Austin in TX; Alexandros Gianninas from the University of Oklahoma;
Warren Brown from Smithsonian Astrophysical Observatory in Cambridge,
MA; Craig Heinke from University of Alberta, in Edmonton, Canada; Marcel
Agüeros from Columbia University in New York, NY; Paul Chote and Denis
Sullivan from Victoria University of Wellington, New Zealand; and Keaton
Bell and Samuel Harrold from University of Texas at Austin.
NASA's Marshall Space Flight Center in Huntsville, Ala., manages the
Chandra program for NASA's Science Mission Directorate in Washington.
The Smithsonian Astrophysical Observatory in Cambridge, Mass., controls
Chandra's science and flight operations.
Fast Facts for J075141:
Scale: Image is 7 arcmin across (about 11 light years). Category:White Dwarfs & Planetary Nebulas Coordinates (J2000): RA 07h 51m 41.20s | Dec -01° 41' 20.90" Constellation: Monoceros Observation Dates: 22 Dec 2012 Observation Time: 1 hours 7 min Obs. IDs: 14608 Instrument: ACIS References: Kilic, M. et al, 2013, MNRAS Letters (in press);arxiv:1310.6359 Color Code: X-ray (Pink); Optical (Red, Green, Blue) Distance Estimate: About 5,500 light years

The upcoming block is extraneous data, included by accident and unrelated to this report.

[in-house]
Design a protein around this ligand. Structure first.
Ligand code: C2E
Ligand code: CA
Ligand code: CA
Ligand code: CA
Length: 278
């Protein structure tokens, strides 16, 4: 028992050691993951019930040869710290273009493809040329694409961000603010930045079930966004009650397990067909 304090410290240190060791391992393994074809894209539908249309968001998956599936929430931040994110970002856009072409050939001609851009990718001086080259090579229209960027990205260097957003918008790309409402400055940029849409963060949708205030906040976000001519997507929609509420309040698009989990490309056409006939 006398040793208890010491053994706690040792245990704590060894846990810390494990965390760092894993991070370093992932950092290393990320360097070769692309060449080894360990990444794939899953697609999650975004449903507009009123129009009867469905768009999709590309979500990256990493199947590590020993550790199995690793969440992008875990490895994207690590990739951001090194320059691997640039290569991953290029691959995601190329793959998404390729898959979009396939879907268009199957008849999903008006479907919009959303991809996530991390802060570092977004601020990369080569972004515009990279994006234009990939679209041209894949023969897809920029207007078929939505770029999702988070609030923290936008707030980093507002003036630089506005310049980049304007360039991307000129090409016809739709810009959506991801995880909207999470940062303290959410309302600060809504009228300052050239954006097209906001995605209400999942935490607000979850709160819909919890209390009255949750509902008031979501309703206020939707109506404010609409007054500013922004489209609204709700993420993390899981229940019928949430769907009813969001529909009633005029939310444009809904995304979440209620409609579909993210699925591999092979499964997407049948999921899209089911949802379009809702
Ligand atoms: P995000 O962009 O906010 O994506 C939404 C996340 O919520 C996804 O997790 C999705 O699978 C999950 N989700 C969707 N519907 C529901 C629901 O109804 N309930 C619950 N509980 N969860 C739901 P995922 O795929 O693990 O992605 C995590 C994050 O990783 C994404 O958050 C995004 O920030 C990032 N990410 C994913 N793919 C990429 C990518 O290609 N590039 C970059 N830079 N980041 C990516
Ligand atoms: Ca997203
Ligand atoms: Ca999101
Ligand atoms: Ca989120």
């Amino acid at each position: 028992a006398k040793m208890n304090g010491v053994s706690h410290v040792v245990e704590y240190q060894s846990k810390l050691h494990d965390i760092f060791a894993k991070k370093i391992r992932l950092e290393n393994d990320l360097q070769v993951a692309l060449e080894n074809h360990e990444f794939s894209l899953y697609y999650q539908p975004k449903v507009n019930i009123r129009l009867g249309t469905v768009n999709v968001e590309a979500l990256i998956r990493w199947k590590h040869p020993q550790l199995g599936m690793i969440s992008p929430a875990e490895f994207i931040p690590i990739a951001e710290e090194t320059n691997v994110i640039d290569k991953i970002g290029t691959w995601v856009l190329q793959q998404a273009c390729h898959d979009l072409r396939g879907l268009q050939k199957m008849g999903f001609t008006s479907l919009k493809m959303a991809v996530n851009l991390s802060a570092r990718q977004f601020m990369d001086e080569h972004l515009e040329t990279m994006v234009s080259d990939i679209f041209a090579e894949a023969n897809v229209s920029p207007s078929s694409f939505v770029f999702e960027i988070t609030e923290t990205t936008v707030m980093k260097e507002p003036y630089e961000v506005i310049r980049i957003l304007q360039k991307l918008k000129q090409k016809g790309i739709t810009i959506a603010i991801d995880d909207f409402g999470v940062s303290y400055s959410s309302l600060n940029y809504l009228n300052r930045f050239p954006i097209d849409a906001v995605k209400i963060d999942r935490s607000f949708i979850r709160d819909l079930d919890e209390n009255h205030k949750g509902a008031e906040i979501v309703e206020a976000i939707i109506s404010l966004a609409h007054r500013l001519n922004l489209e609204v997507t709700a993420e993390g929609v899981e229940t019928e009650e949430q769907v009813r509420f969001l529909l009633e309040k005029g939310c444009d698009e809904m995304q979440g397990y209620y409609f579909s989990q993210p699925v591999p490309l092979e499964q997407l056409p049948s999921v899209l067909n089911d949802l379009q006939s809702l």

The NASA/ESA Hubble Space Telescope has
observed the variable star RS Puppis over a period of five weeks,
showing the star growing brighter and dimmer as it pulsates. These
pulsations have created a stunning example of a phenomenon known as a
light echo, where light appears to reverberate through the murky
environment around the star.
For most of its life, a star is pretty stable, slowly consuming the fuel at its core to keep it shining brightly.
However, once most of the hydrogen that stars use as fuel has been
consumed, some stars evolve into very different beasts – pulsating